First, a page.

We were really out there in the boonies most of the
day, with few towns or amenities along the way
Where We Be
Finishing in Finisterre, Spain
Everything seems fraught with added signifi-
cance when you’re near the end of a long
journey -- this one almost 50 days straight and
over 500 miles long. Each yellow arrow seems
to have extra meaning as you realize you soon
won’t have yellow arrows to follow any more.
Each stone kilometer marker counting down to
zero seems important, and even knick knacks
on your last day suddenly become interesting.

When we finally arrived at the lighthouse at the
end of the world in Finisterre, it was with mixed
emotions -- euphoria at having finished what
we set out to do, sadness at seeing it end.
Along the way we came to realize the Camino is
a pretty good metaphor for any hard thing you
do in life, whether it's writing a novel or saving
for early retirement or starting a new career:
it's best done in stages
, without thinking too
much about the whole thing at once, lest you
feel so daunted you never get started
in the
first place
! But taking one step at a time, one
day at a time, amazingly enough you get there.
Kilometer marker 0.00. Feeling fit and happy
in Finisterre at the end of our 536-mile journey.
During this stretch we hiked four days from Santiago de Compostela to Finisterre (or Fisterra), with distances as follows:
13½ miles to Negreira, 21 miles to Olveiroa, 12½ miles to Corcubion, and 12 miles to Finisterre and the lighthouse.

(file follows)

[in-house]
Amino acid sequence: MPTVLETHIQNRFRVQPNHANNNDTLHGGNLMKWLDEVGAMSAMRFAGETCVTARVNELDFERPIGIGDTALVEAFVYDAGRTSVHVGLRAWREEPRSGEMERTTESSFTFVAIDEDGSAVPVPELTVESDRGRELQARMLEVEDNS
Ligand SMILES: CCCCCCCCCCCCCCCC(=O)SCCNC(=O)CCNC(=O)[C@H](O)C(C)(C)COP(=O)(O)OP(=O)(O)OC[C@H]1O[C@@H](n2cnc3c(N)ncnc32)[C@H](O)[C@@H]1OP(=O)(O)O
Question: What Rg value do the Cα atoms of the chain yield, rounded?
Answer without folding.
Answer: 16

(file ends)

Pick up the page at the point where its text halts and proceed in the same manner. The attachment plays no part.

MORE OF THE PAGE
Hiking Day 43: Santiago to Negreira
Galicia is green! Just look at the exuberant
vines overflowing this stone horreo.
Most of the day's 12½ mile hike to Corcubion was through natural scenery with no amenities.
At one point we came to a bar advertising itself as the last bar for 15 km -- and they m
eant it.
At this well-marked juncture the trail divided, with one route going to
Finisterre and the other to Muxia. We went left towards Finisterre.
As we approached the town of Cee from above, we were
treated to our first g
orgeous view of the Atlantic Ocean
“We’ll see what we see when we get to Cee by the sea,we said to each other.
(Admittedly we were a little punch-drunk at this point, our goal being so close.)
The descent into Cee was steep and the trail signs more or less evaporated once we
reached town, but we found our way to a whale-themed tapas bar called As Baleas
After resting our tired feet for a good hour at the tapas bar, we continued hiking
the final stretch through Cee and around the coastline to neighboring Corcubion
Following the water, we arrived at our lodging at Praia de Quenxe (€45), located